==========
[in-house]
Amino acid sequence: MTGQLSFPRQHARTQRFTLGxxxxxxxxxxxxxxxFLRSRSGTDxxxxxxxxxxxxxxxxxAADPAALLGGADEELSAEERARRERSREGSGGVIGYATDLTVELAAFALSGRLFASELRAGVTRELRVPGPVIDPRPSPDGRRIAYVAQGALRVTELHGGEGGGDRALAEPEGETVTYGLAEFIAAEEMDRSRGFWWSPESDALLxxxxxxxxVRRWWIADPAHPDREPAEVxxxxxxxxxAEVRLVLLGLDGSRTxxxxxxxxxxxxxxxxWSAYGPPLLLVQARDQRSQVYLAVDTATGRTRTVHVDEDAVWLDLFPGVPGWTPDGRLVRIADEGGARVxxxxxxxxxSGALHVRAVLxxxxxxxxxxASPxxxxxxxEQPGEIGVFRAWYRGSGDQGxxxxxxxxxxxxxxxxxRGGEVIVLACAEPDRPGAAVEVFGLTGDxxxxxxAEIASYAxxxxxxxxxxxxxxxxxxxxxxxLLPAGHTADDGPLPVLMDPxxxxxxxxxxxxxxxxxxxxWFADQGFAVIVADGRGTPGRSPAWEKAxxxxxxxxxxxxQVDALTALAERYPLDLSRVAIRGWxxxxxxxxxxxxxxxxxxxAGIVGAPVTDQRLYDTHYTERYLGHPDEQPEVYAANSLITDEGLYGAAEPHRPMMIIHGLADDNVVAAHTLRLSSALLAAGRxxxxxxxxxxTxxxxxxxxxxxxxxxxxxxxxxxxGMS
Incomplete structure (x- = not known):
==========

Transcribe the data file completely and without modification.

[in-house]
Amino acid sequence: MTGQLSFPRQHARTQRFTLGxxxxxxxxxxxxxxxFLRSRSGTDxxxxxxxxxxxxxxxxxAADPAALLGGADEELSAEERARRERSREGSGGVIGYATDLTVELAAFALSGRLFASELRAGVTRELRVPGPVIDPRPSPDGRRIAYVAQGALRVTELHGGEGGGDRALAEPEGETVTYGLAEFIAAEEMDRSRGFWWSPESDALLxxxxxxxxVRRWWIADPAHPDREPAEVxxxxxxxxxAEVRLVLLGLDGSRTxxxxxxxxxxxxxxxxWSAYGPPLLLVQARDQRSQVYLAVDTATGRTRTVHVDEDAVWLDLFPGVPGWTPDGRLVRIADEGGARVxxxxxxxxxSGALHVRAVLxxxxxxxxxxASPxxxxxxxEQPGEIGVFRAWYRGSGDQGxxxxxxxxxxxxxxxxxRGGEVIVLACAEPDRPGAAVEVFGLTGDxxxxxxAEIASYAxxxxxxxxxxxxxxxxxxxxxxxLLPAGHTADDGPLPVLMDPxxxxxxxxxxxxxxxxxxxxWFADQGFAVIVADGRGTPGRSPAWEKAxxxxxxxxxxxxQVDALTALAERYPLDLSRVAIRGWxxxxxxxxxxxxxxxxxxxAGIVGAPVTDQRLYDTHYTERYLGHPDEQPEVYAANSLITDEGLYGAAEPHRPMMIIHGLADDNVVAAHTLRLSSALLAAGRxxxxxxxxxxTxxxxxxxxxxxxxxxxxxxxxxxxGMS
Incomplete structure (x- = not known):